Stephanie's Reviews > Big Sky Mountain

Big Sky Mountain by Linda Lael Miller
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Aug 04, 12

bookshelves: romance
Read in August, 2012

This review originally appeared at

When I picked this up last night I joked to my husband that I was taking a cowboy to bed with me. My husband, in true geeky form, gave a vague “huh” and returned to his iPad game. What a trusting man he is.

As it turns out, he was right: there was no need to fear that Huch Carmody, the hero of Linda Lael Miller’s latest novel, would drive a wedge into our marriage. Though I’m ordinarily a huge fan of Miller’s work, everything about this one felt a little flat to me–sadly, the only fireworks in this book are the ones that occur on the 4th of July.

The second in Miller’s series based in small-town Parable, Montana, Big Sky Mountain focuses on the elusive romance between wealthy rancher Huch Carmody and his one-time high school flame, Kendra Shepherd. It picks up nine months after Big Sky Country, in which we watched Hutch’s hilariously named half-brother Slade and software developer Joslyn scrap about, fight, seethe, and eventually get hitched, and begins, a little head-spinningly, with a wedding. Hutch’s wedding.

Three pages later, and Hutch is saying I don’t, his bride is bemoaning the coast of the almost-wedding, and the gossip mill is moving at an impressive pace: even the town of Parable, it seems, isn’t above putting together a We Hate Hutch Facebook page. But Hutch knows that he’s made the right decision. Sure, he wants to settle down and have kids (this is a necessity if you’re to be a Miller hero), but it’s got to be with the right woman. And the fact that he’s spent the past nine months accidentally calling his bride-to-be Kendra doesn’t really bode well for their future together.
But Kendra’s got plenty enough on her own plate already. She’s only just adopted four-year-old Madison, the daughter of her cheating, recently deceased ex-husband, and she’s juggling new motherhood along with finding a new place to live and her career as a realtor. However, Madison seems to have taken a shine to Cowboy Man, as she calls him, and thanks to her, Kendra and Hutch begin to cross paths increasingly often
Though the tension between Kendra and Hutch was set up in the previous novel, it seems so much less evident here. For one, I kept wondering how Hutch came to be (almost) marrying another woman, but unfortunately, this is never really explained beyond a laconic “I made a mistake”. And Kendra’s focus is for the most part of the novel on Madison rather than on Hutch, making this one feel a lot more like women’s fiction than a romance novel. Hutch and Kendra seem to come together just because they spend enough time together that they might as well, rather than out of any real passion. Both seem fixated on what ended their relationship all those years ago, but this is never really resolved–they just seem to kiss and make up rather than actually working it out.

Though the characters are generally what I love most about Miller’s work, I felt that there was a lot going on here with minor characters that caused things to lag a little. There’s a subplot, for example, involving the awful deputy Treat that seems extraneous–and given that it involves Hutch sticking up for his ex-fiancee, doesn’t really help move the romance along. (Curiously, I find it difficult to imagine Hutch sticking up for Kendra in the same impassioned manner.)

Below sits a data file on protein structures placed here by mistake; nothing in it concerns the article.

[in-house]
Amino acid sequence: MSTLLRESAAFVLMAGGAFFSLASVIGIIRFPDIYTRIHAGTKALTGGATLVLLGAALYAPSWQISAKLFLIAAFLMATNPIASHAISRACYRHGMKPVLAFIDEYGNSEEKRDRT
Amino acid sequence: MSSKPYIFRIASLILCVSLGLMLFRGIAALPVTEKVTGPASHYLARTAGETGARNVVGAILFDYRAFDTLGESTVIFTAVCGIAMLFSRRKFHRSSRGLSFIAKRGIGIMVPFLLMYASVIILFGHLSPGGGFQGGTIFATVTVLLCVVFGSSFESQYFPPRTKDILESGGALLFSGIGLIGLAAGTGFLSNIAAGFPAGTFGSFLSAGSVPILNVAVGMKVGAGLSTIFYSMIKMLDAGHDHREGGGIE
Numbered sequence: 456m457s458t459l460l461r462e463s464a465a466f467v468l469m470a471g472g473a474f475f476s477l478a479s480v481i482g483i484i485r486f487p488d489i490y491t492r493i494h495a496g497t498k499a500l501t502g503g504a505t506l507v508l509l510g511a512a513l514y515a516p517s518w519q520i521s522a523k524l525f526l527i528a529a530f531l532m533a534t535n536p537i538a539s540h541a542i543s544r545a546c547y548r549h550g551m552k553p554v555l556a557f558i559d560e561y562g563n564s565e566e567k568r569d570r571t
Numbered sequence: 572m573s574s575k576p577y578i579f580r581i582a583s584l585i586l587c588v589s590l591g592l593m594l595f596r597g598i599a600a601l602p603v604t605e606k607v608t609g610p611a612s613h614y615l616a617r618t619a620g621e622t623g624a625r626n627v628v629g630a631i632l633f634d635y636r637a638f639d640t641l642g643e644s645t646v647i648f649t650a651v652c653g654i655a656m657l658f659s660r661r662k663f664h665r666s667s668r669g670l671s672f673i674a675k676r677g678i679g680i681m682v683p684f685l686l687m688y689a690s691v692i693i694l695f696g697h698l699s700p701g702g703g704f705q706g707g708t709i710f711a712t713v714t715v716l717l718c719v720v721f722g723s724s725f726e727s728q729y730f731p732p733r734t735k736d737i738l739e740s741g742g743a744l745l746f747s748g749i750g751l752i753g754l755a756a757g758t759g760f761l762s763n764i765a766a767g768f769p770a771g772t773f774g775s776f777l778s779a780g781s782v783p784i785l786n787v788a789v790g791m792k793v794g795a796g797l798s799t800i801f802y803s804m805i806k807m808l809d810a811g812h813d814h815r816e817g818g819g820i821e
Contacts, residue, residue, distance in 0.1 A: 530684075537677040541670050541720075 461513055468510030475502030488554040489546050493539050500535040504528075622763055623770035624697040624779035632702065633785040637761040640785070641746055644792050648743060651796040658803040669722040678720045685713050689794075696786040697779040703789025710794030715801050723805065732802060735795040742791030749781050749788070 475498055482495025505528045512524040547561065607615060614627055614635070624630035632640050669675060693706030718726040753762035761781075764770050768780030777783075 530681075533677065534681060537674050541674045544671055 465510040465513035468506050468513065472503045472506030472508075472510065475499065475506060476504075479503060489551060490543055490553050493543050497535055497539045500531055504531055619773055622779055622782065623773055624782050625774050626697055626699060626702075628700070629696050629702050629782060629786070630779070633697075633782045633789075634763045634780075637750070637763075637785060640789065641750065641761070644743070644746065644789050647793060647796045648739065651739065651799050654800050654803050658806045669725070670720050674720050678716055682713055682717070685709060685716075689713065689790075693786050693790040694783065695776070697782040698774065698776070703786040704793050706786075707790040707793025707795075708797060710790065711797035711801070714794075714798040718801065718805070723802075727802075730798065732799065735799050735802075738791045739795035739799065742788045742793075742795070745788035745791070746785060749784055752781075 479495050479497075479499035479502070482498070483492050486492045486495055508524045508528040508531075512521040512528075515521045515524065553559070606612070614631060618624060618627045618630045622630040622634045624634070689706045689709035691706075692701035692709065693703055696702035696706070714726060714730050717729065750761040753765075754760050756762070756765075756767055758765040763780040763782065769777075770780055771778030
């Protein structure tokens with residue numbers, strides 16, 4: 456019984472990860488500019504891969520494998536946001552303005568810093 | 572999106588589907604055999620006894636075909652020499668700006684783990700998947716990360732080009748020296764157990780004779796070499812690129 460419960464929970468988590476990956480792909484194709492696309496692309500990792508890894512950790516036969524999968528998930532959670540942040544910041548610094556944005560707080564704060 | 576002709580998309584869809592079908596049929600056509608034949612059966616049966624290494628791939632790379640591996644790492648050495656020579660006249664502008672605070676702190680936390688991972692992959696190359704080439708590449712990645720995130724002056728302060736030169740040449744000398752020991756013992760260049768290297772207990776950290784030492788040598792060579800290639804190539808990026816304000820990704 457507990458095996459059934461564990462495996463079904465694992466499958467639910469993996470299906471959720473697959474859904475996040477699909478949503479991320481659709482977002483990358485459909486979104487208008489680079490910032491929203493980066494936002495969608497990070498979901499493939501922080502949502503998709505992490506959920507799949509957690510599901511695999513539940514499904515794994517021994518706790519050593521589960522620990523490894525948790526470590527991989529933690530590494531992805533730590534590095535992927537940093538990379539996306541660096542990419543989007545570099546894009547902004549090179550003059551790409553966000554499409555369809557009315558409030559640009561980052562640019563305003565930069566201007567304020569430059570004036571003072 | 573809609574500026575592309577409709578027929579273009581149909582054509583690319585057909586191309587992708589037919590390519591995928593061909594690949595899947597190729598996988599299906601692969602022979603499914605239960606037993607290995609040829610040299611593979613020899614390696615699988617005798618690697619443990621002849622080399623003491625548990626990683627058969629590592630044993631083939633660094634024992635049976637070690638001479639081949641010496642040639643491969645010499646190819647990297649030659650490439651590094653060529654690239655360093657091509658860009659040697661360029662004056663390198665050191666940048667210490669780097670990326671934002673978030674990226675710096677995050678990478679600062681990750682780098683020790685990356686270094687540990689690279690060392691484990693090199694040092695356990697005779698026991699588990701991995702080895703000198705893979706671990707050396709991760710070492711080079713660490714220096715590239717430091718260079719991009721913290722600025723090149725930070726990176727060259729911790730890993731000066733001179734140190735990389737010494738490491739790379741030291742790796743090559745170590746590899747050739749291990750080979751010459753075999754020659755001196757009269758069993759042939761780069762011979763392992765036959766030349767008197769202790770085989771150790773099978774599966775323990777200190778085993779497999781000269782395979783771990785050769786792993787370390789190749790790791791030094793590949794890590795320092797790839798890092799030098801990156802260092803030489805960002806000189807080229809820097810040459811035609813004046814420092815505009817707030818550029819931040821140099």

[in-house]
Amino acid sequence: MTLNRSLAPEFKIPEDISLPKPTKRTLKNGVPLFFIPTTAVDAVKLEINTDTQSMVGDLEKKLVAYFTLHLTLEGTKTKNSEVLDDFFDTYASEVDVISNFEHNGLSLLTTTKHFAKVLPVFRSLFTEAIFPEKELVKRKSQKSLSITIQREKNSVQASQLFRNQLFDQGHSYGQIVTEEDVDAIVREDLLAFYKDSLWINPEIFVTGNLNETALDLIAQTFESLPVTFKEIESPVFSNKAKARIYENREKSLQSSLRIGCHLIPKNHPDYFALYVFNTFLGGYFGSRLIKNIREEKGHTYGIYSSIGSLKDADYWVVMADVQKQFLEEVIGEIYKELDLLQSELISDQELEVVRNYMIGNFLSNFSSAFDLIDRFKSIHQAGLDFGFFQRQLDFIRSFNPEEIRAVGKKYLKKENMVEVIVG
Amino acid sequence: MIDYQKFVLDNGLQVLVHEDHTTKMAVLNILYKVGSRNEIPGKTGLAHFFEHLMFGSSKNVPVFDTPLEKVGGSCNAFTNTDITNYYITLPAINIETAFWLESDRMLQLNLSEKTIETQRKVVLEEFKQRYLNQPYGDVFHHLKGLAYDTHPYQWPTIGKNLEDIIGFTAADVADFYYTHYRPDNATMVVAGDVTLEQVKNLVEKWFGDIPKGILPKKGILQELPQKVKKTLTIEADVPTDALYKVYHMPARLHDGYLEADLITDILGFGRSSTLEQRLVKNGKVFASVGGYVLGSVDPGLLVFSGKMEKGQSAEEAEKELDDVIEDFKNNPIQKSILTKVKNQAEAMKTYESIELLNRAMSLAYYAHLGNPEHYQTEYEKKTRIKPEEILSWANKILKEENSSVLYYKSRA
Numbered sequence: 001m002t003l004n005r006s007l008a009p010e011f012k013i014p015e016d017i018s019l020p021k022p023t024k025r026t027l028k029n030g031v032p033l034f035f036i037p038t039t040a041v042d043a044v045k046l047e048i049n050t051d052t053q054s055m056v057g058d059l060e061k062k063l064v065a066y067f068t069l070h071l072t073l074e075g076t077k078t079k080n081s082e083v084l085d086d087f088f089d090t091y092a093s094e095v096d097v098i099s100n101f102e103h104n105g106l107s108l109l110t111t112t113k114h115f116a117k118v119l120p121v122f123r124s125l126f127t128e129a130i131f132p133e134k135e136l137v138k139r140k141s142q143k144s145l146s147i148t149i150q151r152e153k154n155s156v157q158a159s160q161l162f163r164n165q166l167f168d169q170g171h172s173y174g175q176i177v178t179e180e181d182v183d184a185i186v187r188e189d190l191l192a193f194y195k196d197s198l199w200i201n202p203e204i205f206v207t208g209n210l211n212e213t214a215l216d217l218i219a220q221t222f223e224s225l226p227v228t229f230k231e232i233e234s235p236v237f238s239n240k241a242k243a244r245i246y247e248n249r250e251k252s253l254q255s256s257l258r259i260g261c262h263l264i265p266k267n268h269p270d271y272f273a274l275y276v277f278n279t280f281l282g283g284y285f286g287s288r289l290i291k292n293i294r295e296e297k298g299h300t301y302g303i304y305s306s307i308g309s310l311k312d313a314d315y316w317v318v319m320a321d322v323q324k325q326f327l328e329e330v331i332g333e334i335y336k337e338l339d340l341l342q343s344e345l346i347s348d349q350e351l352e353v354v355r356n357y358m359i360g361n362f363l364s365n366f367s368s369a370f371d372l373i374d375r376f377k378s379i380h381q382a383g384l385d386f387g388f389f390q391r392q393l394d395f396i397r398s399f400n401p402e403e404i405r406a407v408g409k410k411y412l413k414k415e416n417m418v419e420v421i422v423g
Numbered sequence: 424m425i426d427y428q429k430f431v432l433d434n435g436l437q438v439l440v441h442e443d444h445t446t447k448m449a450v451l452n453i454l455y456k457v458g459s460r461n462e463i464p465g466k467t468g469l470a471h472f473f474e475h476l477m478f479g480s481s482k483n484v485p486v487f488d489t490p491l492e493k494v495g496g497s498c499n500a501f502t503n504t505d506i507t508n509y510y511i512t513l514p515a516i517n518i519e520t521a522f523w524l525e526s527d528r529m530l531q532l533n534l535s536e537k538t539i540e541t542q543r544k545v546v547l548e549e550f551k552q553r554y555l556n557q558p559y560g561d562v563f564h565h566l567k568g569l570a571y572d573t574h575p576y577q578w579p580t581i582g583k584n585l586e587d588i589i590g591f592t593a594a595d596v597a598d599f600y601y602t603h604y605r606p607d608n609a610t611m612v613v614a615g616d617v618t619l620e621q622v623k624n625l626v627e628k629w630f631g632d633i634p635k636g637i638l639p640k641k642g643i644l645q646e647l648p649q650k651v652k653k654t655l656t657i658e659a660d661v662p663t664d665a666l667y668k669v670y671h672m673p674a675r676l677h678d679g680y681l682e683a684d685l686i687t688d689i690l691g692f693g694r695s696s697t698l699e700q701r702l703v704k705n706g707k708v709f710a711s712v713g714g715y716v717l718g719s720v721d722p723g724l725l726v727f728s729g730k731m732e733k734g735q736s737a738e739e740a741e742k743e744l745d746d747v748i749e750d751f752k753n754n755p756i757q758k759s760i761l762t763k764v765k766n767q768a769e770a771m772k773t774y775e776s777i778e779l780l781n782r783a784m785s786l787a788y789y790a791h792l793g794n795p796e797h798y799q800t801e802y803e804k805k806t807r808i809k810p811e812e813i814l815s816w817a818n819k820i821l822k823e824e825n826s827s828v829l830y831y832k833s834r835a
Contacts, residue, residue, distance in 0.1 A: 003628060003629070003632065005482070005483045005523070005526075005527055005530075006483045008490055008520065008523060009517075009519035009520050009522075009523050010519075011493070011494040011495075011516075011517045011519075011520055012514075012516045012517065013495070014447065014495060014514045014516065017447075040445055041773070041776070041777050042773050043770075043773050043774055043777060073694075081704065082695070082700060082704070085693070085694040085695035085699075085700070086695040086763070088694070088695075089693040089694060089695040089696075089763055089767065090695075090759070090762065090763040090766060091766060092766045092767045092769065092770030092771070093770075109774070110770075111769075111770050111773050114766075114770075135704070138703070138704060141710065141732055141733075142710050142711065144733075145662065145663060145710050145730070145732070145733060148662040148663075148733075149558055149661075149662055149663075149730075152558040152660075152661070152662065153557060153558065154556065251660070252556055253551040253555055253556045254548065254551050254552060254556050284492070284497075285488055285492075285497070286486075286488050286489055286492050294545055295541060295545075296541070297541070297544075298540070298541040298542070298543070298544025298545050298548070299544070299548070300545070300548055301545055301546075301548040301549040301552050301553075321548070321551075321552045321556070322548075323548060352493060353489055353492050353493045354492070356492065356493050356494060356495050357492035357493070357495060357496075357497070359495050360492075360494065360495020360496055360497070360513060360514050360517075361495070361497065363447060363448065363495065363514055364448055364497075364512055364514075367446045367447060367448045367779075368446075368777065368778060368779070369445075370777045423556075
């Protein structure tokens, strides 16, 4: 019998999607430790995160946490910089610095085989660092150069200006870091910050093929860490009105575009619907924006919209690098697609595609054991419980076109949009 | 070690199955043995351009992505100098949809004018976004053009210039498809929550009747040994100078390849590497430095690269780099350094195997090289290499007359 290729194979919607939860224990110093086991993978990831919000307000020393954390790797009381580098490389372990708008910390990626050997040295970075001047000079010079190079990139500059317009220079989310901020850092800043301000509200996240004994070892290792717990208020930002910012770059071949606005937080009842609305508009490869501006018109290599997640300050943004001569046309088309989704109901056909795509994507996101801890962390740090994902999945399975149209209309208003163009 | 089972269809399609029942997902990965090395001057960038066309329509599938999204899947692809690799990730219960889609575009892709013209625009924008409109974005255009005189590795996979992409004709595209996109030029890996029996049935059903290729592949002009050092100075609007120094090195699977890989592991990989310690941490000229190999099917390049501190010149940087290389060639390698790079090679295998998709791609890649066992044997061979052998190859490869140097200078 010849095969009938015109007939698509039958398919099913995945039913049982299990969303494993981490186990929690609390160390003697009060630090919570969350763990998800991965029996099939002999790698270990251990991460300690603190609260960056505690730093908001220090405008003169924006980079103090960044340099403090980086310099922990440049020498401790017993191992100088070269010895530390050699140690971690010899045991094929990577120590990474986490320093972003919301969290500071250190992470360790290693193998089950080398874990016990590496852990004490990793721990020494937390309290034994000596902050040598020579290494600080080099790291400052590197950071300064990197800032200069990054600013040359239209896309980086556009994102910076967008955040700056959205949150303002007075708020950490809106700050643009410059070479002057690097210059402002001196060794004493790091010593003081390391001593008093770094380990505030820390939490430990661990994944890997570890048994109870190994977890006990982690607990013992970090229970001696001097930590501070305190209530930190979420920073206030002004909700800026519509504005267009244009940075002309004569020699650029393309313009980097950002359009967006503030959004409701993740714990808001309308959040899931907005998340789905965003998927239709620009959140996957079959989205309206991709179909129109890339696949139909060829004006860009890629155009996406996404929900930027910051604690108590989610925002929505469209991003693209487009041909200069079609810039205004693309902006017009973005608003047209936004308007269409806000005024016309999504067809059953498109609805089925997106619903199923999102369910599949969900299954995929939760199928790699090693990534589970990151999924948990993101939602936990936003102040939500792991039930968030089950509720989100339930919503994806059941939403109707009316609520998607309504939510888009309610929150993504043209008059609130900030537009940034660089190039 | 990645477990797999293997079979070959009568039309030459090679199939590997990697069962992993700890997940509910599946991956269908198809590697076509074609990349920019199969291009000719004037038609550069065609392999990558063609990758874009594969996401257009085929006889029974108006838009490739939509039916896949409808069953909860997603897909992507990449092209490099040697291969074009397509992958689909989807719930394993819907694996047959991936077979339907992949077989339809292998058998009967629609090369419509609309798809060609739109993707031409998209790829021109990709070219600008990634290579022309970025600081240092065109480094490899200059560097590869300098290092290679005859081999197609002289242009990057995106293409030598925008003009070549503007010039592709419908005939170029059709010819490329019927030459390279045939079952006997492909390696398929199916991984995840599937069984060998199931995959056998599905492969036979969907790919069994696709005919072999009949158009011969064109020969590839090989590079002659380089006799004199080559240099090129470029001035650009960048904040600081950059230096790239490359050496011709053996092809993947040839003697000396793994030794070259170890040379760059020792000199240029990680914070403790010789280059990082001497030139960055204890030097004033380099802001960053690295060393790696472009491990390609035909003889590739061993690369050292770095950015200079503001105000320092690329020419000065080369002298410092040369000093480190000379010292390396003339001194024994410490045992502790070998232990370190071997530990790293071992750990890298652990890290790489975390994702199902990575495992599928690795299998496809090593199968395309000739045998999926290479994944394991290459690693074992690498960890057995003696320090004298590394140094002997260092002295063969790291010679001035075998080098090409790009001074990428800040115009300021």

There’s also a lot of dog-adopting and horses-as-gifts going on here, which although always pleasant to see, is kind of getting a bit stale, particularly given that the same thing happened in the previous book. How many stray pups and out-to-pasture ponies can there possibly be in a small town? The young-adopted-child thing feels familiar as well, as does the fact that the child in question is astonishingly precocious. Will we ever see a four-year-old who’s an out-and-out brat rather than these articulate and insightful mini adults who seem so common in romance novels?

To be honest, the Madison plot line detracted from the love affair between Hutch and Kendra a good deal for me: Madison waxes lyrical about wanting to be part of a nuclear family so often that it almost feels as though Kendra gets it on with Hutch purely to play happy families. And goodness, the constant reiteration about people being prime mother or father material began to grate after a while–surely there’s more to a relationship than the possibility of progeny?

Though I do love being able to curl up with one of Miller’s cowboys, and I always enjoy getting to know her well-rounded characters and marvel at their terrible small-town fashion, on the whole this one just didn’t quite work for me. Still, you can be that I’ll be hanging out for her next release.
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Comments (showing 1-2 of 2) (2 new)

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message 1: by Lisa (new) - rated it 1 star

Lisa Stephanie, I found the first Big Sky book very sloopy--my review to be posted shortly. I think Miller is a little too formulatic and is forgetting her details. Either that or she's gone schizophrenic (I don't mean that entirely unkindly). It seems she writes in segments that don't always overlap with each other. Whatever the case, thanks for the review--you saved me reading the book.

Laura I agree with just about everything you said. I found the whole Madison subplot got old after about half way in.

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